A lot or a little?
The parents' guide to what's in this movie.
What parents need to know
Parents need to know that this movie, in typical Hollywood fashion, glorifies the brutal sport of boxing as the way our champ hero proves his intrinsic worth. While previous films in the Rocky series (and other boxing dramas) showed the wounds inflicted and talked up the long-term physical damage associated with pugilism, this one shows the two-fisted violence with no consequences. It's more like pro wrestling -- which, by the way, got a big plug, with cameo by Hulk Hogan -- and should probably be put in the same class.
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What's the story?
Conveniently forgetting the health problems that threatened him in Rocky II, Rocky Balboa (Sylvester Stallone, who also wrote and directed) reigns in ROCKY III as superstar World Heavyweight Champion prizefighter. He's on the verge of retiring undefeated when he's taunted by a contender, a ferocious Chicago brawler called Clubber Lang (Mr. T). Lang demands a showdown with Rocky. Rocky is shocked to find that his longtime trainer Mickey (Burgess Meredith) has been lining up easy opponents all along. Mickey thinks that the wealthy, comfortable Rocky has gone soft (never mind that Stallone never looked so muscular), that the good life has taken away the "eye of the tiger" needed to defeat a raw scrapper like Clubber. Rocky goes through with the fight, but Mickey suffers a seizure backstage. Rocky is knocked out, losing his title to the gloating Lang. Then a new mentor appears -- none other than Rocky's old foe, former champ Apollo Creed (Carl Weathers), who takes Rocky to a seedy slum gym to try to restore the "eye of the tiger".
Is it any good?
Rocky III allocates no human qualities of athletic competition to the Clubber Lang character; he's a one-dimensional bully with no back story or redeeming features. Which is too bad, because Mr. T -- with no major alteration to his persona or look or catchphrase "I pity the fool!" -- went on to be a kids' action hero on TV's The A-Team and even his own Saturday-morning TV cartoon. The original 1976 Rocky was more than just a sports action flick; it had a solid character-building message in its tale of lowly Philadelphia boxer's underdog shot at the championship: It doesn't matter if you win or lose, as long as you try your best, or "go the distance" in Rocky-speak. By the time ROCKY III came around, that message was knocked right out of the ring.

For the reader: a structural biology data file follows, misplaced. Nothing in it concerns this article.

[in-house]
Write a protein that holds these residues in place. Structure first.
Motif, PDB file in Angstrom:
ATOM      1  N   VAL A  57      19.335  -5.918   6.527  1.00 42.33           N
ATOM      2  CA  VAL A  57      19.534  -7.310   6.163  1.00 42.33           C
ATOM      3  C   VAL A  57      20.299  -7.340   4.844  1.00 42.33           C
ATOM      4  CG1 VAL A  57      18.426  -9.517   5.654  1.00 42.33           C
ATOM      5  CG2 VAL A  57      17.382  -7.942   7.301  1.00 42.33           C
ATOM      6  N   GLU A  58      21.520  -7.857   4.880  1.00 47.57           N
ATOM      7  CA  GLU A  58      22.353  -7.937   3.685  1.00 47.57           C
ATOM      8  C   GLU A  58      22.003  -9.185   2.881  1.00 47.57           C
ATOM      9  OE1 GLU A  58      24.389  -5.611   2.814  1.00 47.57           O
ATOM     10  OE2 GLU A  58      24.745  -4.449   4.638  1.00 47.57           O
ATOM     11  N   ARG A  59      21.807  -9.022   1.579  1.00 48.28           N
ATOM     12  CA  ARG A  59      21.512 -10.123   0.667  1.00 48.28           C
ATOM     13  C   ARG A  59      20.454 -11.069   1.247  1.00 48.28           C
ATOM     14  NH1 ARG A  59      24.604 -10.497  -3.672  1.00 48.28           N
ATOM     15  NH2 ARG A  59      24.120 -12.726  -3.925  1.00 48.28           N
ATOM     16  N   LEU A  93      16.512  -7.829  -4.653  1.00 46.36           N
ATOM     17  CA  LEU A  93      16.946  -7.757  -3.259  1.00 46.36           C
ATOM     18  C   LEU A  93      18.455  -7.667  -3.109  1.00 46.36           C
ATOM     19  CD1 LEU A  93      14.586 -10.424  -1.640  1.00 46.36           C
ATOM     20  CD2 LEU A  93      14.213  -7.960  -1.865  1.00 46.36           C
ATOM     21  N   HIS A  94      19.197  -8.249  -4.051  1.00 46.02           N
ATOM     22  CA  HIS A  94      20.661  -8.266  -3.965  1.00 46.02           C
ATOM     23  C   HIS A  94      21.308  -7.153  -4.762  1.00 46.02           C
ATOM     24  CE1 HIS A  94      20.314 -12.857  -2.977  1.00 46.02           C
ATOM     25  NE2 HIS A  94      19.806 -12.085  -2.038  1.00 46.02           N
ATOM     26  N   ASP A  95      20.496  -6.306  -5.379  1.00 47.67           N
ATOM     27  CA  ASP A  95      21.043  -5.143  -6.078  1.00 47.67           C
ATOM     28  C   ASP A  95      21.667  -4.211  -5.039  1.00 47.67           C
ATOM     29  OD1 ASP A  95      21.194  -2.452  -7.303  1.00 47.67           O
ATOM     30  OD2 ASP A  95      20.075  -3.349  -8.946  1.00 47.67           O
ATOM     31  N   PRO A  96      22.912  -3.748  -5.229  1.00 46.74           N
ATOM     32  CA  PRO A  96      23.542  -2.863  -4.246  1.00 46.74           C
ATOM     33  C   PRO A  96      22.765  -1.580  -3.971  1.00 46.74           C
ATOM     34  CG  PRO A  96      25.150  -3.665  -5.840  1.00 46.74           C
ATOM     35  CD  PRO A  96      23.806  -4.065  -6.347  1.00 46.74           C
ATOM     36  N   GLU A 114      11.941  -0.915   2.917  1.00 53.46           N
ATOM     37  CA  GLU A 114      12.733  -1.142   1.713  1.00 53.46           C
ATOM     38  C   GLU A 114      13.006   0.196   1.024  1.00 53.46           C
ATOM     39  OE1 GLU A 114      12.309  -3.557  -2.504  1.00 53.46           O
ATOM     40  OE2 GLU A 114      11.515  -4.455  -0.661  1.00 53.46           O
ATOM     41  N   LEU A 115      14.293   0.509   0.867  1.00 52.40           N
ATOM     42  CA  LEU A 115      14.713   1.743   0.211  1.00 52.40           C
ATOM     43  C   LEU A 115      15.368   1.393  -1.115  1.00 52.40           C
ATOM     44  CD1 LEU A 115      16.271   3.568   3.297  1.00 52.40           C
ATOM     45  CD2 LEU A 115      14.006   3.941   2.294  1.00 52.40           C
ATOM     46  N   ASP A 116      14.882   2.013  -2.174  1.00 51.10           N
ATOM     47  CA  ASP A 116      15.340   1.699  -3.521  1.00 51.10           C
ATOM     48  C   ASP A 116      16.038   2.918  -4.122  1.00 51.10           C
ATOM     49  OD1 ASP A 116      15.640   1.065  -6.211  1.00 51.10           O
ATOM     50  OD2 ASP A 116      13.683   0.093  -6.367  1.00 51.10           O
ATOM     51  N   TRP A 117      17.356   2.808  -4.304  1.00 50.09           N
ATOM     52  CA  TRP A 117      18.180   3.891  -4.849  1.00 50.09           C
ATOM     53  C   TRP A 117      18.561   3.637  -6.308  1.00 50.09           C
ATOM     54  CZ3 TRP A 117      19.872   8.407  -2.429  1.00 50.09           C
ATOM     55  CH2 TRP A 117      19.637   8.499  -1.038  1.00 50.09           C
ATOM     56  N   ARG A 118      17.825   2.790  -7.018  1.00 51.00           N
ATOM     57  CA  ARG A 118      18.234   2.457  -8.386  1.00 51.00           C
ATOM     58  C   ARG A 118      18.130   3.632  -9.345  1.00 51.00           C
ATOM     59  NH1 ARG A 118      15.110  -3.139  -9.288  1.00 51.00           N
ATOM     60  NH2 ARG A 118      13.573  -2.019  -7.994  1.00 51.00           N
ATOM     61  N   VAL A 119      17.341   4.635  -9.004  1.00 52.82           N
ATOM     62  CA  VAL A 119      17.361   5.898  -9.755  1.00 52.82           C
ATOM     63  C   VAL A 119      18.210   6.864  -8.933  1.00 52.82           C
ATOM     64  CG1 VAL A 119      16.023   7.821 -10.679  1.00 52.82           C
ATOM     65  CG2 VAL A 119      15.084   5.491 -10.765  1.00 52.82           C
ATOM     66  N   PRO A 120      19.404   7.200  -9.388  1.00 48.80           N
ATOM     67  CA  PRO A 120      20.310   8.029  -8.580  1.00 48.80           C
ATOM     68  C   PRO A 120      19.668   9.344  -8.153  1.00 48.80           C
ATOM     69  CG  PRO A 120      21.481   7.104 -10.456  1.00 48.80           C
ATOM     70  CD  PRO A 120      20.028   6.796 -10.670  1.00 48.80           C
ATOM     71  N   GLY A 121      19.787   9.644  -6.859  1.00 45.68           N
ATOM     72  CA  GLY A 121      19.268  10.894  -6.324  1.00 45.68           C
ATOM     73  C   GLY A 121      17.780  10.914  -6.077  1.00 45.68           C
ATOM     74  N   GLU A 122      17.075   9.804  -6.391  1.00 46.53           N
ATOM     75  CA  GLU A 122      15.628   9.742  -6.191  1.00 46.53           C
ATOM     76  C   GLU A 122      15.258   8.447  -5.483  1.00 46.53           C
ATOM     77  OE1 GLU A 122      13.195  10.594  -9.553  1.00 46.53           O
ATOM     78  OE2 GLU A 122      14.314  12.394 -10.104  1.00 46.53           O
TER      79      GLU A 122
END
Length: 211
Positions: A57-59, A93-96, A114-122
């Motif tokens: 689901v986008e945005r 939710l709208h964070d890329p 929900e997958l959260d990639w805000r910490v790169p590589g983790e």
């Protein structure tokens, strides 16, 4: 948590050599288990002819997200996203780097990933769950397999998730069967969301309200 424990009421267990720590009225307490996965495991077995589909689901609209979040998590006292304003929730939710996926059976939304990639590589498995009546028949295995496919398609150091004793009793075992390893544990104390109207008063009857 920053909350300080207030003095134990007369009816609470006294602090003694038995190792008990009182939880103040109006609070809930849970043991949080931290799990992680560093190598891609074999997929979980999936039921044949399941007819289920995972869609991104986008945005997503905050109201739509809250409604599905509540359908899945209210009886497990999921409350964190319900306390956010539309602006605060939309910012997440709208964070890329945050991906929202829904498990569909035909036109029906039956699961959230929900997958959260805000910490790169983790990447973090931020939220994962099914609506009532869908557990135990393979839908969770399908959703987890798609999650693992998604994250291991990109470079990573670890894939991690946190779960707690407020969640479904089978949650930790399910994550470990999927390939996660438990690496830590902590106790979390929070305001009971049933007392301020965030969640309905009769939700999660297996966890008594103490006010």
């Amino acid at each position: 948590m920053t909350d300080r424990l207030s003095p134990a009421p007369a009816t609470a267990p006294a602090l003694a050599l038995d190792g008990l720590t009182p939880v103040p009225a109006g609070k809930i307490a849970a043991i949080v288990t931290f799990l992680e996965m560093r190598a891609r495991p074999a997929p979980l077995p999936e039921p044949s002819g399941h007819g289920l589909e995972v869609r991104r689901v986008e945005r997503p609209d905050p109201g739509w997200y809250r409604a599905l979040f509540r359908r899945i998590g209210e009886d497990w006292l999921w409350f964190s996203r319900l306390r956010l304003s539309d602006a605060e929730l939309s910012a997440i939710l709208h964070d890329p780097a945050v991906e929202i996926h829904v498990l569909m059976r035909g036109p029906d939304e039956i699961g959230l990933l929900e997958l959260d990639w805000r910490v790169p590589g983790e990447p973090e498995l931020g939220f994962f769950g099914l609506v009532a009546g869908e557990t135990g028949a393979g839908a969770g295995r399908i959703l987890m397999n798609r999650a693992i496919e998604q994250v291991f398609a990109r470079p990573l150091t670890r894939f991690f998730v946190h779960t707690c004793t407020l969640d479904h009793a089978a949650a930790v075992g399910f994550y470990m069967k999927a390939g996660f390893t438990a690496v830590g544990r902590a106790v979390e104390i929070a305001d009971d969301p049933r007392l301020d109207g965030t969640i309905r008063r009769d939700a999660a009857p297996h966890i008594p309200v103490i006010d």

The racial aspect of the movie is worth discussing with older kids. This was right before the rap and hip-hop explosion that combined urban black-American anger with pride and empowerment in music and movie characterizations. Mr. T, in his African-warrior hairstyle and gold chains, could well be a gangsta rapper-hero -- except he's just a few years too early. Would Rocky III had been a popular hit if Clubber Lang were better drawn, not just white America's worst nightmare of a hostile inner-city thug? In addition to Mr. T, Rocky III was a breakthrough for another star, the WWE idol Terry "Hulk" Hogan, playing a menacing but -- unlike Clubber -- secretly friendly wrestler with whom Rocky grapples in a silly charity match. This helped bring pro wrestling into the mainstream, which should indicate right there the overall level of the material.
Talk to your kids about ...
Families can talk about how the lesson in the original Rocky -- that it doesn't matter if you win or lose, as long as you "go the distance" -- compares with the more success-oriented mania in this sequel. Note how the Clubber Lang character is even acknowledged as a sort of up-and-coming contender, the way Rocky Balboa used to be, but unlike the Sylvester Stallone hero he's given barely any human qualities at all. Would this movie have been a box-office hit if he were a better-drawn character instead of just a trash-talking bully (one who also happens to look like white America's worst nightmare of a black ghetto thug)? You could also talk about the transformation of Apollo Creed from Rocky's nemesis to his friend and ally, and how that plays out in the final scene. Ask kids what they think happened next.
- In theaters: May 28, 1982
- On DVD or streaming: February 10, 2005
- Cast: Mr. T, Sylvester Stallone, Talia Shire
- Director: Sylvester Stallone
- Studio: MGM/UA
- Genre: Drama
- Topics: Sports and Martial Arts, Misfits and Underdogs
- Run time: 99 minutes
- MPAA rating: PG
- MPAA explanation: sports violence, trash talk
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